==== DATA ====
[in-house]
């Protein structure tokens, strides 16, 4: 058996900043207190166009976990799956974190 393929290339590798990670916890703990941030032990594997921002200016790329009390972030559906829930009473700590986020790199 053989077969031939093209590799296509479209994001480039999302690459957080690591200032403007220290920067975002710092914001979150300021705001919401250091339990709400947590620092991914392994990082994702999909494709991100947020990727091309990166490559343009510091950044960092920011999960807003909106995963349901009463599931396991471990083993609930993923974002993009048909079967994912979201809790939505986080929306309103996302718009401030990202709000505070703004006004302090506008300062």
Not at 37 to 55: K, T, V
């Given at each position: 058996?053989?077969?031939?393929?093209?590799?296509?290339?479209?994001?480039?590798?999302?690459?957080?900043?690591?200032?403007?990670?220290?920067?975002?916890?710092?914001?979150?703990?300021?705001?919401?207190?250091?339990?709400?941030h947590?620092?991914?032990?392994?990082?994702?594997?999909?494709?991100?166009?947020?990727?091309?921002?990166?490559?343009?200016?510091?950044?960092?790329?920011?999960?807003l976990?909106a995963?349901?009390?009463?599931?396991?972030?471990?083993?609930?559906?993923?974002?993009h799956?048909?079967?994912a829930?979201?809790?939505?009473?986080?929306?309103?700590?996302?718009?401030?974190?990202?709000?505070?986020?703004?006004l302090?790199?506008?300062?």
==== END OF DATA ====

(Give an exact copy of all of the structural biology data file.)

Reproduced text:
[in-house]
């Protein structure tokens, strides 16, 4: 058996900043207190166009976990799956974190 393929290339590798990670916890703990941030032990594997921002200016790329009390972030559906829930009473700590986020790199 053989077969031939093209590799296509479209994001480039999302690459957080690591200032403007220290920067975002710092914001979150300021705001919401250091339990709400947590620092991914392994990082994702999909494709991100947020990727091309990166490559343009510091950044960092920011999960807003909106995963349901009463599931396991471990083993609930993923974002993009048909079967994912979201809790939505986080929306309103996302718009401030990202709000505070703004006004302090506008300062």
Not at 37 to 55: K, T, V
């Given at each position: 058996?053989?077969?031939?393929?093209?590799?296509?290339?479209?994001?480039?590798?999302?690459?957080?900043?690591?200032?403007?990670?220290?920067?975002?916890?710092?914001?979150?703990?300021?705001?919401?207190?250091?339990?709400?941030h947590?620092?991914?032990?392994?990082?994702?594997?999909?494709?991100?166009?947020?990727?091309?921002?990166?490559?343009?200016?510091?950044?960092?790329?920011?999960?807003l976990?909106a995963?349901?009390?009463?599931?396991?972030?471990?083993?609930?559906?993923?974002?993009h799956?048909?079967?994912a829930?979201?809790?939505?009473?986080?929306?309103?700590?996302?718009?401030?974190?990202?709000?505070?986020?703004?006004l302090?790199?506008?300062?």